I also the fact that cleverly, archaic language has even been worked into the script for comedic value. Lizzie demonstrates this through the constant allusion towards Jane’s use of ‘feminine favours’. I think we all know what she means by that…

 

Initially when watching The Lizzie Bennet Diaries, I immediately compared this to the film Easy A (which makes reference to the novel The Scarlett Letter). However, I believe that this adaptation is so much more successful as it encapsulates the entirety of the original Pride and Prejudice novel without the need for many changes or even direct reference to the original text and places it in 21st century society in a technological way which could be realistically achieved.

 

9 thoughts on “The Lizzie Bennet Diaries

  1. I felt that this adaptation reinstates the original readership for Pride and Prejudice and makes me, a male in his 20’s, feel a lot better about not liking either the book or the vlogs. Then again, I think it is aimed at 14 year old girls in the same way as The Hunger Games is aimed at 14 year old girls: a lot of people who aren’t female and 14 may not like it, but there is certainly going to be a lot of them that do.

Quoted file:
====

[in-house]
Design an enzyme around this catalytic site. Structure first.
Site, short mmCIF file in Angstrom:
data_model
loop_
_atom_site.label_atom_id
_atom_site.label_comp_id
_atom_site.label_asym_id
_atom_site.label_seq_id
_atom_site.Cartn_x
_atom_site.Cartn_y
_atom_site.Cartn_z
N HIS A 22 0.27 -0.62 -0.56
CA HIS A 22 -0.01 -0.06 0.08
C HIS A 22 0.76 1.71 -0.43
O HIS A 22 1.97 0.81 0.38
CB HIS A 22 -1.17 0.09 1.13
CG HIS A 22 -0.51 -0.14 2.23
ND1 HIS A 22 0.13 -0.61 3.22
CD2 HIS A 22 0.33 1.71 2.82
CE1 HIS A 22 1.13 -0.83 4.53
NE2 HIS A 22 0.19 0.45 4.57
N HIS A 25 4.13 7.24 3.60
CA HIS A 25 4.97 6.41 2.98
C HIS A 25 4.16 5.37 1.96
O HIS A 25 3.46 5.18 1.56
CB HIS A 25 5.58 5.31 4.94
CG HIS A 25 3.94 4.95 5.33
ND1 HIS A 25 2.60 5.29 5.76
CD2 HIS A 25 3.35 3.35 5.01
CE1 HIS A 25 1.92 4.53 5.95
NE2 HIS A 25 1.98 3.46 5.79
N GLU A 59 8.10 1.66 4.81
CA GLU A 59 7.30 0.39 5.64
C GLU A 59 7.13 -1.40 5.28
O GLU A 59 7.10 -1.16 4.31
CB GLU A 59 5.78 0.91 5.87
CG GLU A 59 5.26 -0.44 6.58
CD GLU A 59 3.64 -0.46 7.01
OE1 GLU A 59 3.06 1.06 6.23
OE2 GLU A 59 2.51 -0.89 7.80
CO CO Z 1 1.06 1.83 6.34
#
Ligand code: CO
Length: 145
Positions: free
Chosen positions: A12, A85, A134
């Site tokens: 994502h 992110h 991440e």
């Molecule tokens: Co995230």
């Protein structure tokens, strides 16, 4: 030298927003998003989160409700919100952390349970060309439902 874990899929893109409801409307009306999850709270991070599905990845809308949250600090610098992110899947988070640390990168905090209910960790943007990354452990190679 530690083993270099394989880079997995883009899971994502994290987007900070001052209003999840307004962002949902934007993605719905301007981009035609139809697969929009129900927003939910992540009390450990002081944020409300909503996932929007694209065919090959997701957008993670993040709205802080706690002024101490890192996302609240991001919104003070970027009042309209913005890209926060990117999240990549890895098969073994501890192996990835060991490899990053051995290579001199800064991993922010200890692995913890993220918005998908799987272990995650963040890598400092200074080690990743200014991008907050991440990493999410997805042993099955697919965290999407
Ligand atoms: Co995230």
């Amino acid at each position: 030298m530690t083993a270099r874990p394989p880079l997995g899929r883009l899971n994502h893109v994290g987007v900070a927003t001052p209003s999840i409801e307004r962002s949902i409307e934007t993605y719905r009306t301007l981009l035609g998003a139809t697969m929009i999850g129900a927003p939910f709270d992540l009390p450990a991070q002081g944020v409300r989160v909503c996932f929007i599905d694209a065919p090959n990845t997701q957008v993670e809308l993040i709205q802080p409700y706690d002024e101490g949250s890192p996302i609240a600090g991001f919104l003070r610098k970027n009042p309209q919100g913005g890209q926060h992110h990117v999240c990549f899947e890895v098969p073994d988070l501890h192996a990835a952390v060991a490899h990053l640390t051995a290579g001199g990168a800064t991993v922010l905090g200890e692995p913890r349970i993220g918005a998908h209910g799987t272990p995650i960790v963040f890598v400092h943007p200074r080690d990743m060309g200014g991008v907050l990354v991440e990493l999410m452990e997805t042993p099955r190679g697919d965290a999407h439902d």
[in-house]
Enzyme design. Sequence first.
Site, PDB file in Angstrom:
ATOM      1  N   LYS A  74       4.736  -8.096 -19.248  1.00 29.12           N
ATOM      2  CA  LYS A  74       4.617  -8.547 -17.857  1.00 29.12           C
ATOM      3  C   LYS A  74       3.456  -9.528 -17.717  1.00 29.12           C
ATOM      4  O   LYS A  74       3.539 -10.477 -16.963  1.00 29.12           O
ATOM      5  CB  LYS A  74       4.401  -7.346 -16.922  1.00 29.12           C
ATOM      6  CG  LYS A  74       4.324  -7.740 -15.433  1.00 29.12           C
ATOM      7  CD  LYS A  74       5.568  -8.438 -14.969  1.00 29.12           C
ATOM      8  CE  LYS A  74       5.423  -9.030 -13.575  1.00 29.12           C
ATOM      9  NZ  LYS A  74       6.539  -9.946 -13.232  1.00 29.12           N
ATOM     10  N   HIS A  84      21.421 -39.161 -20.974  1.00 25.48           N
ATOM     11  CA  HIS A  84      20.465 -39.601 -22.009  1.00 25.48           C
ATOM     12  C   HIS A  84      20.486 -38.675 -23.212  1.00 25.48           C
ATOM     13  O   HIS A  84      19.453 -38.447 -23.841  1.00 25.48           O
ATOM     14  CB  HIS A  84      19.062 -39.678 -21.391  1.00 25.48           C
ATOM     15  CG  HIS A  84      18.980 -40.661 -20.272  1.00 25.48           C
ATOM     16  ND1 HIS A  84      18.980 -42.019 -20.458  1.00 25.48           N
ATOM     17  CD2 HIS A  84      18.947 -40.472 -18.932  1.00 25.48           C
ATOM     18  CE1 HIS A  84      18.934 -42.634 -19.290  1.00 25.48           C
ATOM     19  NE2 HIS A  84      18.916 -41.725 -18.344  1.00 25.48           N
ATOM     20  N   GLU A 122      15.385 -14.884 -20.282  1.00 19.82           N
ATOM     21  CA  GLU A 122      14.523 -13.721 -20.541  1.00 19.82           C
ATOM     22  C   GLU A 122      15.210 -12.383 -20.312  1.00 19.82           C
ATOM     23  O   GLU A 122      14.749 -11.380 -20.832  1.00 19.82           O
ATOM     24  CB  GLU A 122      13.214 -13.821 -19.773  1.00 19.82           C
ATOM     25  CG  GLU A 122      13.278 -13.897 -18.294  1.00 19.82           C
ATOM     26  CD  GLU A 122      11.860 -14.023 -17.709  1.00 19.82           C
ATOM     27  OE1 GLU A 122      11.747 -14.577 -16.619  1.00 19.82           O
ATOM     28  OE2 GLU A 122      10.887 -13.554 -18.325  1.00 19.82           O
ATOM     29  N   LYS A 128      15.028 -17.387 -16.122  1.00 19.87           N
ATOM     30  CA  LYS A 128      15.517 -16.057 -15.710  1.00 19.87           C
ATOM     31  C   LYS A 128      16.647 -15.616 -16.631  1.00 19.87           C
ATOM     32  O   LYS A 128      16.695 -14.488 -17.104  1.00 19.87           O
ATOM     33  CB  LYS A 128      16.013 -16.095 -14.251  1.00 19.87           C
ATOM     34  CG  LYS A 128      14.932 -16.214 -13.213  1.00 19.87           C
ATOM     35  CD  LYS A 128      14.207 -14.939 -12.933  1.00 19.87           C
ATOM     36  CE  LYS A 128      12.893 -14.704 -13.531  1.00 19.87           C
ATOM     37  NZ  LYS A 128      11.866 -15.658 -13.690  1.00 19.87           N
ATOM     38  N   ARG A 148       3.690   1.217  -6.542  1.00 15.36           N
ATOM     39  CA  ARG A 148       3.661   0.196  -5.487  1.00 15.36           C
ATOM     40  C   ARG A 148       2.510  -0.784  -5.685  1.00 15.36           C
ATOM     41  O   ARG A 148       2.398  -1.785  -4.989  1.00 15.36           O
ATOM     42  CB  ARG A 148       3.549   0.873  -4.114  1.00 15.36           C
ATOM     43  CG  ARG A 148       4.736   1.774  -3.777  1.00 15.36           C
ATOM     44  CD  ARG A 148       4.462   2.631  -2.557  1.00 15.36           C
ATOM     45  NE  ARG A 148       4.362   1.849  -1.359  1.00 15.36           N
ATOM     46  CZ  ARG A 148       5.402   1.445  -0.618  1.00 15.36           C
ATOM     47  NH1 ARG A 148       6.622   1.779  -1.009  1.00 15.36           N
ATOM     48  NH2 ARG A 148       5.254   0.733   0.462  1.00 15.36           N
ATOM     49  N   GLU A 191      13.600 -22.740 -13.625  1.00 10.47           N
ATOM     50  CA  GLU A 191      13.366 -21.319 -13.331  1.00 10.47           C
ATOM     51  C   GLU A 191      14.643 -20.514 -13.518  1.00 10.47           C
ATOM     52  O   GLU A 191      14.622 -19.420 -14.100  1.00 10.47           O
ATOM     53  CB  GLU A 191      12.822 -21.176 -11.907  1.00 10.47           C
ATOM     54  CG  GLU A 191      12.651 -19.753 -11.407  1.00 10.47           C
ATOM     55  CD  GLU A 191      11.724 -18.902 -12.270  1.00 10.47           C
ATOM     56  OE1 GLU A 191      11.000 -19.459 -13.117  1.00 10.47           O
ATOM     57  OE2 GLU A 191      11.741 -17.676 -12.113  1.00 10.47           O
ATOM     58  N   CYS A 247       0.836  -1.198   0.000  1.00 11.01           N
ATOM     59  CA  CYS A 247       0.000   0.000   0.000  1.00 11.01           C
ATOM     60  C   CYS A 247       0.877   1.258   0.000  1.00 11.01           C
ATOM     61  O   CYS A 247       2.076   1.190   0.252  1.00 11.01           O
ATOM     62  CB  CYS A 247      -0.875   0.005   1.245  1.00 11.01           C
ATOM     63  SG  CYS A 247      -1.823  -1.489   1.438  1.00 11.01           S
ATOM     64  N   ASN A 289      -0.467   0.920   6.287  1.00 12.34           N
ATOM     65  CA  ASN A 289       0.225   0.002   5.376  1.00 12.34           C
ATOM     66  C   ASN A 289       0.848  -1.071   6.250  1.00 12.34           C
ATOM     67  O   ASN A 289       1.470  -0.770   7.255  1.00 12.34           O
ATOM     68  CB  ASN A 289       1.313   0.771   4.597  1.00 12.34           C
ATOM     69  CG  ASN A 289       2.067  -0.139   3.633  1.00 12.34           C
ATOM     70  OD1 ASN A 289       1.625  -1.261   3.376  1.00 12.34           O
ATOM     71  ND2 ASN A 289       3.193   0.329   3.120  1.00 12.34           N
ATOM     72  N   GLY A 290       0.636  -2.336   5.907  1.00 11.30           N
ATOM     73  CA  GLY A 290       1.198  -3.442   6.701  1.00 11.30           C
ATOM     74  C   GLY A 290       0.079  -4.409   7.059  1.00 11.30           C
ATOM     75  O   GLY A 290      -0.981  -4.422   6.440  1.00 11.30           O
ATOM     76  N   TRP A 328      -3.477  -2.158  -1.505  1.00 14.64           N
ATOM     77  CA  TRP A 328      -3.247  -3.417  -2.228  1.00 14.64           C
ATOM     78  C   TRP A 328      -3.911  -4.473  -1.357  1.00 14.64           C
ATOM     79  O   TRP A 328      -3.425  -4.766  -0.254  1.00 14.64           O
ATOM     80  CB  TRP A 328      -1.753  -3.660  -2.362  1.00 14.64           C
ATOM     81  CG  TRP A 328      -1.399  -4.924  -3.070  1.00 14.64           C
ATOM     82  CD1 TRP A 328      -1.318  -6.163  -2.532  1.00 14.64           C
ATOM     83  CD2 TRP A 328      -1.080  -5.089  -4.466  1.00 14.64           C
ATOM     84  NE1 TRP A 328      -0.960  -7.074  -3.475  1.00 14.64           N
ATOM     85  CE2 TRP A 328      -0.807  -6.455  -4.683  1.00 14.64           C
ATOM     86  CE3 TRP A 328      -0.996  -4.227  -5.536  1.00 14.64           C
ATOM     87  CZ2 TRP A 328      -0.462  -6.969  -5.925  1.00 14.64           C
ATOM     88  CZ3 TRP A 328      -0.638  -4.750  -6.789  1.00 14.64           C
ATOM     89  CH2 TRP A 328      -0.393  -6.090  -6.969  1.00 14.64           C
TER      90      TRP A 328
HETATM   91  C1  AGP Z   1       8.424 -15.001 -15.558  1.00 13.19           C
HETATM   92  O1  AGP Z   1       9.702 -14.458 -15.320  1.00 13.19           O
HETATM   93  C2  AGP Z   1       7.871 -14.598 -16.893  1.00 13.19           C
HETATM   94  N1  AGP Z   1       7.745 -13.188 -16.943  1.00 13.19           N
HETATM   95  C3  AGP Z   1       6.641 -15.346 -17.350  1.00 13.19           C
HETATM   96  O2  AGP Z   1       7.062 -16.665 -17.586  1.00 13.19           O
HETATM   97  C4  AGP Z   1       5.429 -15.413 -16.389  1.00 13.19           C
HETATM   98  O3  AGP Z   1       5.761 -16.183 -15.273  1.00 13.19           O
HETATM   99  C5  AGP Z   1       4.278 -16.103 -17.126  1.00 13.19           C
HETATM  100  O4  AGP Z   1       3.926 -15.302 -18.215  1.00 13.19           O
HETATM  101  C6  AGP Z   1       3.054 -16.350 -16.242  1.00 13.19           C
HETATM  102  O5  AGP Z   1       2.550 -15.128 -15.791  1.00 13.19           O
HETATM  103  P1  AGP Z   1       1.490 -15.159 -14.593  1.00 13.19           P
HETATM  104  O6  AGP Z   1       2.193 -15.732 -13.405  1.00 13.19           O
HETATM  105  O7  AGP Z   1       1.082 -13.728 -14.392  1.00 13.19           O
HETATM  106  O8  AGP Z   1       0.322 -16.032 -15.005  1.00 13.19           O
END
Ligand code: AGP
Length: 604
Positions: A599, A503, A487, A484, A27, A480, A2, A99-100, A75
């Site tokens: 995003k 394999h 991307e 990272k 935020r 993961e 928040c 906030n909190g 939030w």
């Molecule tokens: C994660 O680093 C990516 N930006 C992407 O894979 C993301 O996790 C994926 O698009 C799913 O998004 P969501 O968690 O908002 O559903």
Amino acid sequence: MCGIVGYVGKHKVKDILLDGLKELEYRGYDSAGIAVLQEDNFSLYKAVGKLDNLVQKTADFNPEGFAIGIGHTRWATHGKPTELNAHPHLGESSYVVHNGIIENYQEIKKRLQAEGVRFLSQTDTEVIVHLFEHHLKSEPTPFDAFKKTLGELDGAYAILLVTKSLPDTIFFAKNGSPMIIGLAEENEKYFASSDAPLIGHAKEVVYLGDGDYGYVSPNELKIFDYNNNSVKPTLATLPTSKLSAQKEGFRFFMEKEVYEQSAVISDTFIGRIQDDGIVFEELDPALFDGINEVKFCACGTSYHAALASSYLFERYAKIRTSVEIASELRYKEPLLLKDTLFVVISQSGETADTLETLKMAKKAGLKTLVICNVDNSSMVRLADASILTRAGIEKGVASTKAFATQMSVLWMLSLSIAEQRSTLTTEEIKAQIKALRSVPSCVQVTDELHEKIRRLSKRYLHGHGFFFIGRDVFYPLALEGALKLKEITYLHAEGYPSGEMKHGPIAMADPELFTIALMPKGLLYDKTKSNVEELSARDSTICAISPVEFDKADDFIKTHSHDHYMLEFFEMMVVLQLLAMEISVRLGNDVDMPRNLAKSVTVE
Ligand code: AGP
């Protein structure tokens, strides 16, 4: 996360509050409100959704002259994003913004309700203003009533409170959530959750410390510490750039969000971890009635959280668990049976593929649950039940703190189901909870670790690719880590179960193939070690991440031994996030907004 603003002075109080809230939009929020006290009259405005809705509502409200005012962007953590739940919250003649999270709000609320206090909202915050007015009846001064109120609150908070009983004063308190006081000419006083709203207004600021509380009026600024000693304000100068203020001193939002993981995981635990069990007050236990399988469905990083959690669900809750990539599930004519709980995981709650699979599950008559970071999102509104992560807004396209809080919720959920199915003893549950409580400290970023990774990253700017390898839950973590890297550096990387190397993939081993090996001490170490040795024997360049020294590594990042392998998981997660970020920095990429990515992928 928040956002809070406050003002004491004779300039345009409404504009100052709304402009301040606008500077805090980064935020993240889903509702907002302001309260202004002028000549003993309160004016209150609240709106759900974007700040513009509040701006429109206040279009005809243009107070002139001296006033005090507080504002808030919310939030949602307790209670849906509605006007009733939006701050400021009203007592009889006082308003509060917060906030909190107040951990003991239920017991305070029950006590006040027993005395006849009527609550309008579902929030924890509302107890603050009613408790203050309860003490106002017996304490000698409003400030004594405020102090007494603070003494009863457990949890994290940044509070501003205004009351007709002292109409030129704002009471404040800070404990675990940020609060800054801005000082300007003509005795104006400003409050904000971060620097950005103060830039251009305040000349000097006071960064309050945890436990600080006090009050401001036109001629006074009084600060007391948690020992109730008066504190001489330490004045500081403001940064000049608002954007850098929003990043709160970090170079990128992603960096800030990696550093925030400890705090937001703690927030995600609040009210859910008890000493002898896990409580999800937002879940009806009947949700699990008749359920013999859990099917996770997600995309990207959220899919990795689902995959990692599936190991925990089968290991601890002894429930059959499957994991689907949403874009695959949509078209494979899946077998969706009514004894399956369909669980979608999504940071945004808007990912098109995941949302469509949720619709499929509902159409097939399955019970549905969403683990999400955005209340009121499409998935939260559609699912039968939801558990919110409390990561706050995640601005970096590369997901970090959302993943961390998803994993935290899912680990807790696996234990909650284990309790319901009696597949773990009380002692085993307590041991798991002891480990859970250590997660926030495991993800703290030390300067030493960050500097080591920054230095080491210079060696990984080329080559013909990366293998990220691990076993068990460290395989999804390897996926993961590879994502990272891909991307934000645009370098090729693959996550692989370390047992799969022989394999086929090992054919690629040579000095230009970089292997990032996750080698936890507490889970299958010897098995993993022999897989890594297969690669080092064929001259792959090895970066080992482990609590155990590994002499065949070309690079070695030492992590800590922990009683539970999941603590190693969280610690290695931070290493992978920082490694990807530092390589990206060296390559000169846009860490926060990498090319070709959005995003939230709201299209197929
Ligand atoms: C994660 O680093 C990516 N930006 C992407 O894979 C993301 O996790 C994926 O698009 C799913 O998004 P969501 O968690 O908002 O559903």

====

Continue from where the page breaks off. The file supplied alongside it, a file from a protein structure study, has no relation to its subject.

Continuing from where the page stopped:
The Lizzie Bennett Diaries are a great take on adaptation, and it understands the vlog style it is working with very well. It is aided by the vlogging genre that YouTube is currently known for. The use of quick cuts after each sentence, though insufferable to some, works to lull the audience into a familiar viewing that makes it almost more realistic. In the same way, the use of static camera (similar to a webcam)/bedroom decor/20something female with the personality of a young adult, shows an understanding of the young audience.

    Given that this genre of novels and of vloggers has now been done in such a successful way, it makes me wonder what other novels this could work well with? What about a travel blog based Heart of Darkness? Or, Agatha Christie’s Murder on the Orient Express? Perhaps, in a similar way but considerably more controversial, though appropriate for its time, a vlog adaptation of Diary of Anne Frank based in Syria? The last suggestion being a little more tongue in cheek than the first two.